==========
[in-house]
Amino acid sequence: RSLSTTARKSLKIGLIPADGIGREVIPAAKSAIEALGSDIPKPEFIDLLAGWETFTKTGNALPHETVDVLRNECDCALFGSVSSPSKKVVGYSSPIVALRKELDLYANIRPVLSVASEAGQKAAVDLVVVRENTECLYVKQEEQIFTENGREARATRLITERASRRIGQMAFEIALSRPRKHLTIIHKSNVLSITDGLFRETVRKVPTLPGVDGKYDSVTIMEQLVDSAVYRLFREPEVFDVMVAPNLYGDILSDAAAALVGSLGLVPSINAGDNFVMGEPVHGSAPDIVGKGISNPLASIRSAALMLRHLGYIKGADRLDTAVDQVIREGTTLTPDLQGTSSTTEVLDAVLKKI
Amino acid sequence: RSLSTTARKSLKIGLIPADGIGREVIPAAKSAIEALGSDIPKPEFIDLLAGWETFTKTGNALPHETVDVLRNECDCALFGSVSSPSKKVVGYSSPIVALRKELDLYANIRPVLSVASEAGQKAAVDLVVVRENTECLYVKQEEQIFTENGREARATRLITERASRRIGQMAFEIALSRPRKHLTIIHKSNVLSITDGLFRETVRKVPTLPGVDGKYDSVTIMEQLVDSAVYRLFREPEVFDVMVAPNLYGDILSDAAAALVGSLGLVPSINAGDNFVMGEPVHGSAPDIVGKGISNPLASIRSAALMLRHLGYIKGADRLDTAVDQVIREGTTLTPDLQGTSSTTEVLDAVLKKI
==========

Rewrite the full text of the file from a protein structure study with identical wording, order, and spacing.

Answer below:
[in-house]
Amino acid sequence: RSLSTTARKSLKIGLIPADGIGREVIPAAKSAIEALGSDIPKPEFIDLLAGWETFTKTGNALPHETVDVLRNECDCALFGSVSSPSKKVVGYSSPIVALRKELDLYANIRPVLSVASEAGQKAAVDLVVVRENTECLYVKQEEQIFTENGREARATRLITERASRRIGQMAFEIALSRPRKHLTIIHKSNVLSITDGLFRETVRKVPTLPGVDGKYDSVTIMEQLVDSAVYRLFREPEVFDVMVAPNLYGDILSDAAAALVGSLGLVPSINAGDNFVMGEPVHGSAPDIVGKGISNPLASIRSAALMLRHLGYIKGADRLDTAVDQVIREGTTLTPDLQGTSSTTEVLDAVLKKI
Amino acid sequence: RSLSTTARKSLKIGLIPADGIGREVIPAAKSAIEALGSDIPKPEFIDLLAGWETFTKTGNALPHETVDVLRNECDCALFGSVSSPSKKVVGYSSPIVALRKELDLYANIRPVLSVASEAGQKAAVDLVVVRENTECLYVKQEEQIFTENGREARATRLITERASRRIGQMAFEIALSRPRKHLTIIHKSNVLSITDGLFRETVRKVPTLPGVDGKYDSVTIMEQLVDSAVYRLFREPEVFDVMVAPNLYGDILSDAAAALVGSLGLVPSINAGDNFVMGEPVHGSAPDIVGKGISNPLASIRSAALMLRHLGYIKGADRLDTAVDQVIREGTTLTPDLQGTSSTTEVLDAVLKKI